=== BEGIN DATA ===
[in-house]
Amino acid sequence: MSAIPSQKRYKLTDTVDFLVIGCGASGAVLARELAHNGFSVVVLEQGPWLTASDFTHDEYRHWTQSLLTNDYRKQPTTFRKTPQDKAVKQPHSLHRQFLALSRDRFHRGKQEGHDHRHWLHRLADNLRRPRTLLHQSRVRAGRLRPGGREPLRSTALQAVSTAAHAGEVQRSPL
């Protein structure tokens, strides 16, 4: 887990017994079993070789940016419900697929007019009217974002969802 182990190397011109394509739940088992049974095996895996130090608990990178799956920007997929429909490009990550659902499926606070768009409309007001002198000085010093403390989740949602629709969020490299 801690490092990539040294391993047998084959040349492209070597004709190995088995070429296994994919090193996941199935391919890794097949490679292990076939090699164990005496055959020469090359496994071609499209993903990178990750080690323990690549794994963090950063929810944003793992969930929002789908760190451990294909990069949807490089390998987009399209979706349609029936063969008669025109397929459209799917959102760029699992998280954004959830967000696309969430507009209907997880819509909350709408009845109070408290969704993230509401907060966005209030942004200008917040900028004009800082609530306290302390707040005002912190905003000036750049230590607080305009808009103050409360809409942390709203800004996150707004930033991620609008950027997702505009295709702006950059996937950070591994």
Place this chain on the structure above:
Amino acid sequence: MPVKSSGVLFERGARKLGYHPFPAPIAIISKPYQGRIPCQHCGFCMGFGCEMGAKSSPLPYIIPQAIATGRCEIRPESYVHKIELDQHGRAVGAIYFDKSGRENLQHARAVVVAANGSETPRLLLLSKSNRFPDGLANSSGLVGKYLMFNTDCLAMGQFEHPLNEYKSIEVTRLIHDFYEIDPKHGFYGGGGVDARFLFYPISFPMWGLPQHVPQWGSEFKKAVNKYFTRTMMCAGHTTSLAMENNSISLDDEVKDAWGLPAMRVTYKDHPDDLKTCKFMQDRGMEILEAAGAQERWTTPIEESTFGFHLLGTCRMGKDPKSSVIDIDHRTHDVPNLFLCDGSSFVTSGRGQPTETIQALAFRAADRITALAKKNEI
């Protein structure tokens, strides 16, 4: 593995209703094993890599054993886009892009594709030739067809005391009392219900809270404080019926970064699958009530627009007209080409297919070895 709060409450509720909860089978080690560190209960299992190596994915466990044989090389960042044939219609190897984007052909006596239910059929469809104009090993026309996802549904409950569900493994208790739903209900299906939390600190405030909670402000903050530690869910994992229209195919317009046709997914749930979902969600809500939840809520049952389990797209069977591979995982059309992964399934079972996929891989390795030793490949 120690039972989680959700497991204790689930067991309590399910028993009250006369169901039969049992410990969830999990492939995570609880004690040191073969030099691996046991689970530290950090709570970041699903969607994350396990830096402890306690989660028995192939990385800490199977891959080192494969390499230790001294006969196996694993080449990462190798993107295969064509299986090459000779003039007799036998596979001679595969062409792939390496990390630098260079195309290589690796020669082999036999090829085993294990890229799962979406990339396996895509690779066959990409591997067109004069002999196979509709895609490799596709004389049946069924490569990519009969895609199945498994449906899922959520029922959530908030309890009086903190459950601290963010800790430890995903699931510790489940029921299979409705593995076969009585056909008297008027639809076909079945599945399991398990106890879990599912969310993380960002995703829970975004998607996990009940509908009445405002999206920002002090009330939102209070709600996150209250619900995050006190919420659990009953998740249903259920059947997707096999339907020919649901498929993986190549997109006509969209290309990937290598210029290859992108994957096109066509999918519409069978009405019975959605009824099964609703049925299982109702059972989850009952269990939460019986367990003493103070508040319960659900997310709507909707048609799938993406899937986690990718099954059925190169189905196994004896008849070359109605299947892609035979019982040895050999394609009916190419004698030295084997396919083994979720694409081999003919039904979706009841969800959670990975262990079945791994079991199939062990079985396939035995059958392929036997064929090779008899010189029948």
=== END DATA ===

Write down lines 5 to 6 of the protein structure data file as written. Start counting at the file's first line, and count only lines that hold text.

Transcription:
Amino acid sequence: MPVKSSGVLFERGARKLGYHPFPAPIAIISKPYQGRIPCQHCGFCMGFGCEMGAKSSPLPYIIPQAIATGRCEIRPESYVHKIELDQHGRAVGAIYFDKSGRENLQHARAVVVAANGSETPRLLLLSKSNRFPDGLANSSGLVGKYLMFNTDCLAMGQFEHPLNEYKSIEVTRLIHDFYEIDPKHGFYGGGGVDARFLFYPISFPMWGLPQHVPQWGSEFKKAVNKYFTRTMMCAGHTTSLAMENNSISLDDEVKDAWGLPAMRVTYKDHPDDLKTCKFMQDRGMEILEAAGAQERWTTPIEESTFGFHLLGTCRMGKDPKSSVIDIDHRTHDVPNLFLCDGSSFVTSGRGQPTETIQALAFRAADRITALAKKNEI
């Protein structure tokens, strides 16, 4: 593995209703094993890599054993886009892009594709030739067809005391009392219900809270404080019926970064699958009530627009007209080409297919070895 709060409450509720909860089978080690560190209960299992190596994915466990044989090389960042044939219609190897984007052909006596239910059929469809104009090993026309996802549904409950569900493994208790739903209900299906939390600190405030909670402000903050530690869910994992229209195919317009046709997914749930979902969600809500939840809520049952389990797209069977591979995982059309992964399934079972996929891989390795030793490949 120690039972989680959700497991204790689930067991309590399910028993009250006369169901039969049992410990969830999990492939995570609880004690040191073969030099691996046991689970530290950090709570970041699903969607994350396990830096402890306690989660028995192939990385800490199977891959080192494969390499230790001294006969196996694993080449990462190798993107295969064509299986090459000779003039007799036998596979001679595969062409792939390496990390630098260079195309290589690796020669082999036999090829085993294990890229799962979406990339396996895509690779066959990409591997067109004069002999196979509709895609490799596709004389049946069924490569990519009969895609199945498994449906899922959520029922959530908030309890009086903190459950601290963010800790430890995903699931510790489940029921299979409705593995076969009585056909008297008027639809076909079945599945399991398990106890879990599912969310993380960002995703829970975004998607996990009940509908009445405002999206920002002090009330939102209070709600996150209250619900995050006190919420659990009953998740249903259920059947997707096999339907020919649901498929993986190549997109006509969209290309990937290598210029290859992108994957096109066509999918519409069978009405019975959605009824099964609703049925299982109702059972989850009952269990939460019986367990003493103070508040319960659900997310709507909707048609799938993406899937986690990718099954059925190169189905196994004896008849070359109605299947892609035979019982040895050999394609009916190419004698030295084997396919083994979720694409081999003919039904979706009841969800959670990975262990079945791994079991199939062990079985396939035995059958392929036997064929090779008899010189029948």